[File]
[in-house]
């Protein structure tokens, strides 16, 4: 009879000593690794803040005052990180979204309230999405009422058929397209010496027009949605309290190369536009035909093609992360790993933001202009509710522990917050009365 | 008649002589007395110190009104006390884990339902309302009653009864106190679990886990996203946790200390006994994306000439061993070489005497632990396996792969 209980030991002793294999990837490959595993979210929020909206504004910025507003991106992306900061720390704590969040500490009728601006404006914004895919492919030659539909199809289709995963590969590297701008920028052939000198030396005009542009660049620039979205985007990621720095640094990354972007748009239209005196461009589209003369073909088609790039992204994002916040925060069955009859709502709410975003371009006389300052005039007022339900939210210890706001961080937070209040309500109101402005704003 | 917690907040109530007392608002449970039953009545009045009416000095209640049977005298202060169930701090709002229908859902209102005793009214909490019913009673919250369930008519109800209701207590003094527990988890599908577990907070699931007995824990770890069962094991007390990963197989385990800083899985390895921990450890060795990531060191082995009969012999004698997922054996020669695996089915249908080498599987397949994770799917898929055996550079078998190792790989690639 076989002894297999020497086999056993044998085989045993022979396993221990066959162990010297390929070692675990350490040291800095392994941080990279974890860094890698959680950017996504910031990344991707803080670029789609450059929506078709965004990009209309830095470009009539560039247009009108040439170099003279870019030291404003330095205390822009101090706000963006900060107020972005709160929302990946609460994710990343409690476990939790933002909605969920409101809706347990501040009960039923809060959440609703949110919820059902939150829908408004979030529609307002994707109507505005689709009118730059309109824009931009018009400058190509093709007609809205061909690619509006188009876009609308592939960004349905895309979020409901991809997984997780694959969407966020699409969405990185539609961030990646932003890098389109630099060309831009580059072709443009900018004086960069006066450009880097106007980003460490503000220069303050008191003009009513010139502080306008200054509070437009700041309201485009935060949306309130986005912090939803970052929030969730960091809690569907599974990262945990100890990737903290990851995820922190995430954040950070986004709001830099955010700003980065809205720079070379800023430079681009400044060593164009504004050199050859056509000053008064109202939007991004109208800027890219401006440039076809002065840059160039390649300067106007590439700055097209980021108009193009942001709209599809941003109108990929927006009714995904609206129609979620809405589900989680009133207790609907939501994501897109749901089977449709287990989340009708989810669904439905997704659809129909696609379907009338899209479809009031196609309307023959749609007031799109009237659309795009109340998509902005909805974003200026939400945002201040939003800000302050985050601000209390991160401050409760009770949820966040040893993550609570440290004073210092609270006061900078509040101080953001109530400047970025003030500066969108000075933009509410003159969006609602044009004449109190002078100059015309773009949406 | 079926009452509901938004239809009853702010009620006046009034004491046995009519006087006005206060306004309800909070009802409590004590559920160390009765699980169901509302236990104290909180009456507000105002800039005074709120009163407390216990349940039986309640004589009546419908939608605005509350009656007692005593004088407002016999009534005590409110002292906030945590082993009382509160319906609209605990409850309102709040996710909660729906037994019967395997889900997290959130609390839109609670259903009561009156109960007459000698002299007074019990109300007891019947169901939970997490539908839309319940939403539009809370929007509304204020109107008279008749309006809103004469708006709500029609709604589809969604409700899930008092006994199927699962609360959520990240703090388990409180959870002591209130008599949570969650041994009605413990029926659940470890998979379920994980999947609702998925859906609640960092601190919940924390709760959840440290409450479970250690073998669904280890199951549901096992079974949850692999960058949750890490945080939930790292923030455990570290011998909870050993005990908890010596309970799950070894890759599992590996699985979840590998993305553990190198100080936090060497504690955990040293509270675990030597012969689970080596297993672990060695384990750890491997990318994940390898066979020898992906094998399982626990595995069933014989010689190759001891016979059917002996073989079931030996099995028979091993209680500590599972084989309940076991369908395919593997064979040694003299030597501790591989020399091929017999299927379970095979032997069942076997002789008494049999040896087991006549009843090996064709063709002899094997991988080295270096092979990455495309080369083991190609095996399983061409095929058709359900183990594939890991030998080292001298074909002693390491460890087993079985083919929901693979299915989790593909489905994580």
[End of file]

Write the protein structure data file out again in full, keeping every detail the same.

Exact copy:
[in-house]
């Protein structure tokens, strides 16, 4: 009879000593690794803040005052990180979204309230999405009422058929397209010496027009949605309290190369536009035909093609992360790993933001202009509710522990917050009365 | 008649002589007395110190009104006390884990339902309302009653009864106190679990886990996203946790200390006994994306000439061993070489005497632990396996792969 209980030991002793294999990837490959595993979210929020909206504004910025507003991106992306900061720390704590969040500490009728601006404006914004895919492919030659539909199809289709995963590969590297701008920028052939000198030396005009542009660049620039979205985007990621720095640094990354972007748009239209005196461009589209003369073909088609790039992204994002916040925060069955009859709502709410975003371009006389300052005039007022339900939210210890706001961080937070209040309500109101402005704003 | 917690907040109530007392608002449970039953009545009045009416000095209640049977005298202060169930701090709002229908859902209102005793009214909490019913009673919250369930008519109800209701207590003094527990988890599908577990907070699931007995824990770890069962094991007390990963197989385990800083899985390895921990450890060795990531060191082995009969012999004698997922054996020669695996089915249908080498599987397949994770799917898929055996550079078998190792790989690639 076989002894297999020497086999056993044998085989045993022979396993221990066959162990010297390929070692675990350490040291800095392994941080990279974890860094890698959680950017996504910031990344991707803080670029789609450059929506078709965004990009209309830095470009009539560039247009009108040439170099003279870019030291404003330095205390822009101090706000963006900060107020972005709160929302990946609460994710990343409690476990939790933002909605969920409101809706347990501040009960039923809060959440609703949110919820059902939150829908408004979030529609307002994707109507505005689709009118730059309109824009931009018009400058190509093709007609809205061909690619509006188009876009609308592939960004349905895309979020409901991809997984997780694959969407966020699409969405990185539609961030990646932003890098389109630099060309831009580059072709443009900018004086960069006066450009880097106007980003460490503000220069303050008191003009009513010139502080306008200054509070437009700041309201485009935060949306309130986005912090939803970052929030969730960091809690569907599974990262945990100890990737903290990851995820922190995430954040950070986004709001830099955010700003980065809205720079070379800023430079681009400044060593164009504004050199050859056509000053008064109202939007991004109208800027890219401006440039076809002065840059160039390649300067106007590439700055097209980021108009193009942001709209599809941003109108990929927006009714995904609206129609979620809405589900989680009133207790609907939501994501897109749901089977449709287990989340009708989810669904439905997704659809129909696609379907009338899209479809009031196609309307023959749609007031799109009237659309795009109340998509902005909805974003200026939400945002201040939003800000302050985050601000209390991160401050409760009770949820966040040893993550609570440290004073210092609270006061900078509040101080953001109530400047970025003030500066969108000075933009509410003159969006609602044009004449109190002078100059015309773009949406 | 079926009452509901938004239809009853702010009620006046009034004491046995009519006087006005206060306004309800909070009802409590004590559920160390009765699980169901509302236990104290909180009456507000105002800039005074709120009163407390216990349940039986309640004589009546419908939608605005509350009656007692005593004088407002016999009534005590409110002292906030945590082993009382509160319906609209605990409850309102709040996710909660729906037994019967395997889900997290959130609390839109609670259903009561009156109960007459000698002299007074019990109300007891019947169901939970997490539908839309319940939403539009809370929007509304204020109107008279008749309006809103004469708006709500029609709604589809969604409700899930008092006994199927699962609360959520990240703090388990409180959870002591209130008599949570969650041994009605413990029926659940470890998979379920994980999947609702998925859906609640960092601190919940924390709760959840440290409450479970250690073998669904280890199951549901096992079974949850692999960058949750890490945080939930790292923030455990570290011998909870050993005990908890010596309970799950070894890759599992590996699985979840590998993305553990190198100080936090060497504690955990040293509270675990030597012969689970080596297993672990060695384990750890491997990318994940390898066979020898992906094998399982626990595995069933014989010689190759001891016979059917002996073989079931030996099995028979091993209680500590599972084989309940076991369908395919593997064979040694003299030597501790591989020399091929017999299927379970095979032997069942076997002789008494049999040896087991006549009843090996064709063709002899094997991988080295270096092979990455495309080369083991190609095996399983061409095929058709359900183990594939890991030998080292001298074909002693390491460890087993079985083919929901693979299915989790593909489905994580």